Holiday Season Means Time for Family Fun

Large print Bingo card

Families renew old traditions and create new ones during the holiday season. Whether it’s a neighborhood hike or a game around a table, time off from work and an open afternoon or evening provides the leisure time to celebrate—and play—with the ones you love. We asked members of the Council’s Vision Services team for their suggestions about how to fill that free family time.

Certified Vision Rehabilitation Therapist Brent Perzentka says card games are always a fun social activity around the holiday season. Card games can be played with either large print or braille cards. For people without enough functional vision to read large print cards, learning a little braille is a great solution. The Council offers braille instruction that can get you started. “Since you only need to be able to read 13 numbers and a few letters for the color, it’s something that can be learned without a lot of effort,” Brent says.

Brent also likes Braille Uno. “It’s an easy, fun game for everyone to play,” he says. Board games are usually a hit as well. “As a family, we also used to play braille Monopoly and braille Scrabble.” Brent says the key for anyone playing games with someone who is visually impaired is to communicate. “For example, if I play a five of hearts, I verbally communicate that I am playing the five of hearts, so that the person I’m playing with knows it even without reading the card.”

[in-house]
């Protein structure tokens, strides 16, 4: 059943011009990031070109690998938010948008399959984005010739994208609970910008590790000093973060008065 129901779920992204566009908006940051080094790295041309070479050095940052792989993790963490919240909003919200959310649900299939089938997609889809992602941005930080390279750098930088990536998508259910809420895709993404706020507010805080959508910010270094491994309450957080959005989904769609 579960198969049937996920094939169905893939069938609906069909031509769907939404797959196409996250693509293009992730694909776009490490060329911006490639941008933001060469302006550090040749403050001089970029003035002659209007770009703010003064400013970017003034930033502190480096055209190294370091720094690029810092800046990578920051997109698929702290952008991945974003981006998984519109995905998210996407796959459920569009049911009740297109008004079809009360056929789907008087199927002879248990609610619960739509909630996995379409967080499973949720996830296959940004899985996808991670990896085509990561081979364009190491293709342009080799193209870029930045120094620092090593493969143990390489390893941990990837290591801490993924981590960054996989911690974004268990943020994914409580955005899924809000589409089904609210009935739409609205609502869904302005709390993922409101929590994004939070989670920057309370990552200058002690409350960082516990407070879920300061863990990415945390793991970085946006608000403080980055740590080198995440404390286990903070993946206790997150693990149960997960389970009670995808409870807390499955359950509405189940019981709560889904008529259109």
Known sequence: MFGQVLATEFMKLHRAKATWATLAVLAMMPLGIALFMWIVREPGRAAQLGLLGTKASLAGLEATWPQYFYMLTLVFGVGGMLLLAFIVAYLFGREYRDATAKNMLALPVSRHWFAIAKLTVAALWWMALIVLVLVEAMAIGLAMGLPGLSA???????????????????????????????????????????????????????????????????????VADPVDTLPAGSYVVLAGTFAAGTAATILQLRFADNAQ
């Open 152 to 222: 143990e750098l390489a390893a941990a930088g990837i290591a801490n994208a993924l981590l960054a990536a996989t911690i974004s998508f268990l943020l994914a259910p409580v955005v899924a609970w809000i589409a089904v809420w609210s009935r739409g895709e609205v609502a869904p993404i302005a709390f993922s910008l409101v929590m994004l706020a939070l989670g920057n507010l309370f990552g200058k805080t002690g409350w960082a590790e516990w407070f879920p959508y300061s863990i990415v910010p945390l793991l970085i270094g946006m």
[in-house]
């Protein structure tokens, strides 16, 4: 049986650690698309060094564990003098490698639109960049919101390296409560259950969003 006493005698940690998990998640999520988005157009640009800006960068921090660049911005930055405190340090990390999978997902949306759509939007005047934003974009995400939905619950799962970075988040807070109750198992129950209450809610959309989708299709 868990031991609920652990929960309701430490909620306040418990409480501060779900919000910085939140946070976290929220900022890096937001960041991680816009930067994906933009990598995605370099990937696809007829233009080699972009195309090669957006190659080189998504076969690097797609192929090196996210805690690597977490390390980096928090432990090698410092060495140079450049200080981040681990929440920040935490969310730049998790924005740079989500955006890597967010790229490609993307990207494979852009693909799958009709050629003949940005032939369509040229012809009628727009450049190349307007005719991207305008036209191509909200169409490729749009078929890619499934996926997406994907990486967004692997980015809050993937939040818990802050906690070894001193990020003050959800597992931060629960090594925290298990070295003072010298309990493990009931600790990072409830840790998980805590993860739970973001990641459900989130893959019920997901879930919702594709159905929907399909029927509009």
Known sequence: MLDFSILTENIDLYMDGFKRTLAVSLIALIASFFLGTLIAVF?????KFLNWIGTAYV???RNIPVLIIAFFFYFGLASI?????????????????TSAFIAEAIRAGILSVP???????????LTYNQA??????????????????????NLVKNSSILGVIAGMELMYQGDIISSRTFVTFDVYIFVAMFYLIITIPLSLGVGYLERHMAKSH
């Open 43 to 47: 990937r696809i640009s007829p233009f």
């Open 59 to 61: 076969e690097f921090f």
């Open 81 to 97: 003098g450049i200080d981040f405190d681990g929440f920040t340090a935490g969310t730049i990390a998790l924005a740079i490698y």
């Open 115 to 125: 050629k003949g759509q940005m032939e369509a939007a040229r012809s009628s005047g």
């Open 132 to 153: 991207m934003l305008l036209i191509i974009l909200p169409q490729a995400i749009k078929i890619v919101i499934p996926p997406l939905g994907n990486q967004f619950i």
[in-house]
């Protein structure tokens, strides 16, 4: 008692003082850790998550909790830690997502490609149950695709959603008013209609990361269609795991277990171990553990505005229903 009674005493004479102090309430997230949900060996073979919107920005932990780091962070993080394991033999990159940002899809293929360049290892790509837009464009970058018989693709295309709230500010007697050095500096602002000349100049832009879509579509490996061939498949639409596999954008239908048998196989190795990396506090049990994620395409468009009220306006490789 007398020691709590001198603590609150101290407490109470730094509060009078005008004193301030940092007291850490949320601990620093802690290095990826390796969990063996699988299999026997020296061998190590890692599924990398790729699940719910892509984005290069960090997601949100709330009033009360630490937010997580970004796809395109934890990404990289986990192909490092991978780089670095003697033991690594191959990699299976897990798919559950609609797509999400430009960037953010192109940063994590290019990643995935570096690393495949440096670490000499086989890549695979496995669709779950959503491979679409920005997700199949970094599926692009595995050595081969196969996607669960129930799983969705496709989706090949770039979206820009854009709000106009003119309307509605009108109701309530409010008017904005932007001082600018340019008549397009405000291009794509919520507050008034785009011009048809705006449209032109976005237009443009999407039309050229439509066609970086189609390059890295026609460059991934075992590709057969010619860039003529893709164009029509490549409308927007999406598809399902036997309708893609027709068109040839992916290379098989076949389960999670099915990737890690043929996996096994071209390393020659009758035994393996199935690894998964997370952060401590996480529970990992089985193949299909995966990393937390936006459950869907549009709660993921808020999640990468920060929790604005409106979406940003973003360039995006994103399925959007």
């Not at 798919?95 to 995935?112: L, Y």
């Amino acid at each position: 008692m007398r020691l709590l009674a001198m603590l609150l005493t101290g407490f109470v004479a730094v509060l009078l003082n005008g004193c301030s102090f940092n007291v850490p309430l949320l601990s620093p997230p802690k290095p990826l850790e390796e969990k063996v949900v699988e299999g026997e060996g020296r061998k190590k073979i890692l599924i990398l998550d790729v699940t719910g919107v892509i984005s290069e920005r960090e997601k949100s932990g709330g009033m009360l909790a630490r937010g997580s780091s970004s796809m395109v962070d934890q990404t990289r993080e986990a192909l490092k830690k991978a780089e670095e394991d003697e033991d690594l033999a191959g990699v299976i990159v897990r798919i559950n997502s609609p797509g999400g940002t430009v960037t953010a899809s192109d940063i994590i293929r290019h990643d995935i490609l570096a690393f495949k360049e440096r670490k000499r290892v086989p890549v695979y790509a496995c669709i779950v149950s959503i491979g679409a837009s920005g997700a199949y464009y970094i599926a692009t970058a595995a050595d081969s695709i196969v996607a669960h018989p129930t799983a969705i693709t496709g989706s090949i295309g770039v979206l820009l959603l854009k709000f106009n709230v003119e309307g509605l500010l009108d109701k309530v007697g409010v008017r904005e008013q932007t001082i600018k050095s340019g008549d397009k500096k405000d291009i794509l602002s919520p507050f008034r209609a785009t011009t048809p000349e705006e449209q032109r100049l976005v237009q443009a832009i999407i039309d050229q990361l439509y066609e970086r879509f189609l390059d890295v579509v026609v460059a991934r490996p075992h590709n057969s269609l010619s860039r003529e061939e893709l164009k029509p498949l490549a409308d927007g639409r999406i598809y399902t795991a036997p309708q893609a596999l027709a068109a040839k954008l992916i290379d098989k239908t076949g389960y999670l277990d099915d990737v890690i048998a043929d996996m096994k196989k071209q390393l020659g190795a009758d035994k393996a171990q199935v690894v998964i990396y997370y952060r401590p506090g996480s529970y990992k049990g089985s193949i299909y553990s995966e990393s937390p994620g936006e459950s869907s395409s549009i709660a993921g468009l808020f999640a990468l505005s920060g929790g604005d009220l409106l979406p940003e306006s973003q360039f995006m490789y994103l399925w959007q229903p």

Brent adds that games that do not require sight, like 20 Questions or Trivial Pursuit, are also great choices.

Leave it to the Council’s Access Technology Specialist Jim Denham to come up with a high-tech family activity for children during the holidays. Jim recommends checking out the virtual fun called “Pet My Reindeer.” This free-to-enable Amazon Alexa program allows a child to virtually feed and nurture their very own pet reindeer.

Vision Rehabilitation Therapist Rachel Pavone nudges family members into the kitchen for holiday gatherings. “Make cookies with the family!” she suggests. “This is an activity that involves little to no sight. Once the dough is made you use your hands to press out the dough and then cut out the different cookie shapes.”

Once the cookies are in the oven, Rachel says board games can commence. “Along with some of the games we sell in the Sharper Vision Store, almost any board game that you can buy off the shelf has a way that you can adapt it to be played with individuals with varying disabilities.” Extra-large dice and low vision bingo cards are among the game items you can find in the Sharper Vision Store.

Finally, Rachel advises family members to get out of the house. “Play in the snow! Even just getting outside and making a snowman can be a ton of fun for the whole family.”

You can find a wide range of games and gaming equipment like cards and dice in the Games section of the Sharper Vision Store website. You’ll have to find your own snow for outdoor fun—the store doesn’t carry that.

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